Second, roll ahead of time. If you've done your preparation right, you know when things are going to happen. You should know ahead of time if an enemy ninja is going to tail the PC home, and you should know ahead of time if there are hidden doors the PCs can find. So, roll for those things before it is actually going on and just make a note of it. Hell, you can even roll some of these things out before your session even starts - just be sure to account for any status modifier changes that happen in game before giving the results. My personal recommendation when rolling ahead? Do it when other dice rolling is going on. For example, if a fight is happening, and after the fight the PCs have a chance of noticing their tail or the hidden lever, than in that last round of combat make the check for the PCs. They think you're rolling combat dice, not notice checks, so no one is any the wiser.
This is all well and good for reflexive things like notice and listen rolls, but what about times when the PCs are being more active in how they're handling things? Like, say for instance, if the PCs decide to ransack a room looking for hidden treasure.
Honestly, in this situation it can be better to roll for the PCs still. This may slow things down, but it also keeps the unknown as more of a quantity. There is just something inherent in human nature, something we can't turn off, that makes us more suspicious - or assured - when we know more of the factors. For example, if you have a PC roll to search a room, and he rolls a critical success and then is told he doesn't find anything, the player now "knows for a fact" that the room has nothing to hide. At the same time, if your player rolls a botch and doesn't find anything, she has reason to suspect that it is only because of her bad roll that she found nothing. (there will be more on the possible results of this phenomenon tomorrow or Thursday)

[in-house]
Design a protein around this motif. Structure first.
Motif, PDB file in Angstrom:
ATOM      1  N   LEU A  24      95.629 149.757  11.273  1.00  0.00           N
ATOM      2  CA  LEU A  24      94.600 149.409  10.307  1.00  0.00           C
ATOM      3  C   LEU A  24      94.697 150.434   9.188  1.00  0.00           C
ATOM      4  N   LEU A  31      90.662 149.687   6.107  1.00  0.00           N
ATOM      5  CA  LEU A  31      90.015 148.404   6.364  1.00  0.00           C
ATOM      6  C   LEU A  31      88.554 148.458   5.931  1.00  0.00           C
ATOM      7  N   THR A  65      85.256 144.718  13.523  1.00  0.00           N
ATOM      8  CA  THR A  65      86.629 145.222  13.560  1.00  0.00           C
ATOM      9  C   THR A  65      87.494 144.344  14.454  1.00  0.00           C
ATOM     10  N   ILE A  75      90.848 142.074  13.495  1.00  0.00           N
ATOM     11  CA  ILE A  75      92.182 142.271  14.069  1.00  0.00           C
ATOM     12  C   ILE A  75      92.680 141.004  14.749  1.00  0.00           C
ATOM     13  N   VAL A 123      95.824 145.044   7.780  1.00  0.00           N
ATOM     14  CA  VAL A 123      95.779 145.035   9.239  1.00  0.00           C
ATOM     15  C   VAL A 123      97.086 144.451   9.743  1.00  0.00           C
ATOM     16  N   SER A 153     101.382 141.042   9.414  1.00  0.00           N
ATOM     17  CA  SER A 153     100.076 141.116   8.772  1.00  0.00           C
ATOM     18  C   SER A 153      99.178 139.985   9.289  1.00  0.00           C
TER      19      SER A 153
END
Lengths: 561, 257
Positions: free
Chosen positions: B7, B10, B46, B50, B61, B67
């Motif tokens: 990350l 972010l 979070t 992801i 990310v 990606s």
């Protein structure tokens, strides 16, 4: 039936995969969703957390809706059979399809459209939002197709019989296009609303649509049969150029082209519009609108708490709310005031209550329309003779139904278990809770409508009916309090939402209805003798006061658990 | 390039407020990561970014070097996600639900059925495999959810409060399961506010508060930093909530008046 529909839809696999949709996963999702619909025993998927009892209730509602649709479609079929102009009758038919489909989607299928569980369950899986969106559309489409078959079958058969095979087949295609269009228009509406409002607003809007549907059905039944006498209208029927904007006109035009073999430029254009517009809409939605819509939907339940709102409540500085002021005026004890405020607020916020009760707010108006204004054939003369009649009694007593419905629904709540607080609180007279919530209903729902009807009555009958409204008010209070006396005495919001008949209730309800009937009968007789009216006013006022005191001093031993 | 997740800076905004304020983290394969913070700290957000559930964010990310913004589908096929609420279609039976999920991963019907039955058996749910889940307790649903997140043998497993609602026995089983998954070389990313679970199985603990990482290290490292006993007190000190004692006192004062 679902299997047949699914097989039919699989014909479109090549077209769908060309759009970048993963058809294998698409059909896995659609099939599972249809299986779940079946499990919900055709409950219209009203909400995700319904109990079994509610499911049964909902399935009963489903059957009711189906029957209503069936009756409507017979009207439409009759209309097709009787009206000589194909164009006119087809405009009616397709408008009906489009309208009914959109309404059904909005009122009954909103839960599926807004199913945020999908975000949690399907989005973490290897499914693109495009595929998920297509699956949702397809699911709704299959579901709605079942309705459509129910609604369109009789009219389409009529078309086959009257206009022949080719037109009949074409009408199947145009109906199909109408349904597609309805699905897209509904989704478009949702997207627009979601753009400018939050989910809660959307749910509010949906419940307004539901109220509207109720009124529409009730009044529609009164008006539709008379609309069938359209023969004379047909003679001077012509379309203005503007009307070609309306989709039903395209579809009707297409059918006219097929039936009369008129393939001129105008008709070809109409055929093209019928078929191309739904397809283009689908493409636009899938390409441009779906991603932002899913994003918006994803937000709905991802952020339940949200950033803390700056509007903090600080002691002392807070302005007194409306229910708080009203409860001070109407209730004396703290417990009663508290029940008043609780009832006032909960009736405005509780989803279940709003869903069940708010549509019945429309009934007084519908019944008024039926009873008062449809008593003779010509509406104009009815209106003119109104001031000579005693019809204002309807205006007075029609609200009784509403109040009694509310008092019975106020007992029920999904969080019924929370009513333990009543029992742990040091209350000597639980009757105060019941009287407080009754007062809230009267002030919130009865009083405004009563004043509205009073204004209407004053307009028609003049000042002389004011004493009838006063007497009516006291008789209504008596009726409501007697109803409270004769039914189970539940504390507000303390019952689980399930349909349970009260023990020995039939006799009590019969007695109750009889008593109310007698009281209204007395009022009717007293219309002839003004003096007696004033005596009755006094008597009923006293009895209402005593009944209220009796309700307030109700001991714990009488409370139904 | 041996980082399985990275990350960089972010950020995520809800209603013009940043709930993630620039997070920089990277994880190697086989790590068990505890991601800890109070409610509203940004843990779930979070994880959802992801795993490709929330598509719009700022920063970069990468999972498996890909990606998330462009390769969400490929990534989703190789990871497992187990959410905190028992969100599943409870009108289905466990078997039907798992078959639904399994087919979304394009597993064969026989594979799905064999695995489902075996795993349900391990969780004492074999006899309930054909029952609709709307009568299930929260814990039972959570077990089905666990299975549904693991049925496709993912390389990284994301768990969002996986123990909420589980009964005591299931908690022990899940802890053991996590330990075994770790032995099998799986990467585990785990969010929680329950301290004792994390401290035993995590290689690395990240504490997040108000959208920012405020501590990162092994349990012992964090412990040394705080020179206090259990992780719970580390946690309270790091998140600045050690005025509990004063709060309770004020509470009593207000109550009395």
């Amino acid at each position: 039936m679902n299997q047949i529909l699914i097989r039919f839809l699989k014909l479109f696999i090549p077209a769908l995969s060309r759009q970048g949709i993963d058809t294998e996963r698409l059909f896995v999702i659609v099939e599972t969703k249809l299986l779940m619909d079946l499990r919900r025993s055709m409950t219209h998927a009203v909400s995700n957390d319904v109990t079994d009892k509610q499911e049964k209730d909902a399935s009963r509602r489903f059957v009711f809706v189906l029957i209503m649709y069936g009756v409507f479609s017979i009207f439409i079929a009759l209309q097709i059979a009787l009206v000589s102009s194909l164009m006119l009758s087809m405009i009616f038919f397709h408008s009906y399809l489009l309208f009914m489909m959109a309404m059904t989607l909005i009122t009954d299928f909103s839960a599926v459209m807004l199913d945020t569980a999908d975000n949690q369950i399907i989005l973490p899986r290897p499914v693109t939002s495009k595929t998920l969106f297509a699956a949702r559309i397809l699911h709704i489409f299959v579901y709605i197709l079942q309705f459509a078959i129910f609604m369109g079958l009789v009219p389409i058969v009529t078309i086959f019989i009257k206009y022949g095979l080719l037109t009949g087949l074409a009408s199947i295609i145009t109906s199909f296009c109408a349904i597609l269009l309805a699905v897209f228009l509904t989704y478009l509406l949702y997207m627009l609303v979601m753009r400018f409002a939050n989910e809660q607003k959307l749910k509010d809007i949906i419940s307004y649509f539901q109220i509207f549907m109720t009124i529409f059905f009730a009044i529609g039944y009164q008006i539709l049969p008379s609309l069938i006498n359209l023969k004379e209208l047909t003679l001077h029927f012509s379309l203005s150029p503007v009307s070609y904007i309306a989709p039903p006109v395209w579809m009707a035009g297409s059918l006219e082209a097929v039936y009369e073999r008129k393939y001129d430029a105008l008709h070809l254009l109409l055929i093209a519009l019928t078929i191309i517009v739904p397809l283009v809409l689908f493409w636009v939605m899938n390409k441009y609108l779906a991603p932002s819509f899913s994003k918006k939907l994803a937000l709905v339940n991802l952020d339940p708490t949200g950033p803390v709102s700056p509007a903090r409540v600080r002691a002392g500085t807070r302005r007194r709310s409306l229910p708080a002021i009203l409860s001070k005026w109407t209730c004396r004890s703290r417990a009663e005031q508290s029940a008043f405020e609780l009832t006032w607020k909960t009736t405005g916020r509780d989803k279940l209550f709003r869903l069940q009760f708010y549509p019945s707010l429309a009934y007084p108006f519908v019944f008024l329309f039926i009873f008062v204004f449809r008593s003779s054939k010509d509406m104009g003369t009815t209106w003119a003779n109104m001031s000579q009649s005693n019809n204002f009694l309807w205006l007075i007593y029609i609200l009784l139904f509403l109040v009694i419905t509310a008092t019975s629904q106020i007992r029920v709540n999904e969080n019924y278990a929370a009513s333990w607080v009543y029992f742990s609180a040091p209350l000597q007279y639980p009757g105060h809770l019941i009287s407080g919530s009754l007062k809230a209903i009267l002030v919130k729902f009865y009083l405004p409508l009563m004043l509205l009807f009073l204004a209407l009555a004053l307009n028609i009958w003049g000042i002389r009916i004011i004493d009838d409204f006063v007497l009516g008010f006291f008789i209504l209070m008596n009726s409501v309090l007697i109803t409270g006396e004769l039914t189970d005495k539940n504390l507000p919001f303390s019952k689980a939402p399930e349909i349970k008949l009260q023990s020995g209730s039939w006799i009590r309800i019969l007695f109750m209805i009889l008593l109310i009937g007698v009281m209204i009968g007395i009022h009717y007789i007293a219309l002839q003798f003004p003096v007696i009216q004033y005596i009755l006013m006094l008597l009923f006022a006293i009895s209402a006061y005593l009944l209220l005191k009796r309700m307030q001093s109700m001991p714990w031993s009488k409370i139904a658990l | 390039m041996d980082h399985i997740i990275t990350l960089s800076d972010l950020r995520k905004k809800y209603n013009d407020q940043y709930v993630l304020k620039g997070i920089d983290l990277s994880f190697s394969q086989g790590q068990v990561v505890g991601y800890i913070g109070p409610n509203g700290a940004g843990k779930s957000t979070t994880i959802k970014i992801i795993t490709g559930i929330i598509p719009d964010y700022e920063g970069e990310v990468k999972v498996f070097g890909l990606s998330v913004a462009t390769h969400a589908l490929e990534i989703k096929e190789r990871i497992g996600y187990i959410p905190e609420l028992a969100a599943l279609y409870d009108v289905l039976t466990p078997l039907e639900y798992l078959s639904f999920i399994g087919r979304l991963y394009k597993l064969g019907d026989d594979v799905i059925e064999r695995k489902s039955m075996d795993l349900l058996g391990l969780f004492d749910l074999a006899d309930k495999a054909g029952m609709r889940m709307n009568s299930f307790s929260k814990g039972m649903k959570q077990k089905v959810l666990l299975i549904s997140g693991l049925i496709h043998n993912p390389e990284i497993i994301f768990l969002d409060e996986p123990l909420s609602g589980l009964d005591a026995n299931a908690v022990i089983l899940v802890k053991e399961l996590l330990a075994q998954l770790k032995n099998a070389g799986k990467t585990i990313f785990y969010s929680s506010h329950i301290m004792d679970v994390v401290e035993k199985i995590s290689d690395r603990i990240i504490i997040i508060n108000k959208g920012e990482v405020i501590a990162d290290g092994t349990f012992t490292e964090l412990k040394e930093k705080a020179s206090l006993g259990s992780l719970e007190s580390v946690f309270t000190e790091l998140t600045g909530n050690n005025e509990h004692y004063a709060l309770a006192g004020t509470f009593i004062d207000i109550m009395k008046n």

However, if you roll for them. Well, then the Player has no idea what way the dice came up. They just have the results that you gave to them. With nothing else to go on, the player's mind has no choice but to go with what you've told them. Nothing is there to color their expectations, and so things will just go on from there.
Fudging Die Rolls
The temptation may hit you while you're rolling for your players to fudge your die rolls. Whether this is in or against their favor, I recommend against doing it. Why? Because if you're just going to give them the win, or the loss, then what is the point of having them rolled in the first place? Sure, it may look fair, but it is also a waste of time. So, if you're going to just fudge a roll so that the person who did the best notices something, then just give that person the information. If you're going to fudge it so the players can't spot their tail, then 1) re-evaluate what is going on with the tail that you are giving it an auto-win and 2) don't waste time giving them a roll that can't win anyhow.
Basically, if you're going to roll the dice for noticing something, then let the dice determine who notices things.
That's it for this blog. Have any comments, insight, or advice on making the rolls for your players? Sound off in the comments below.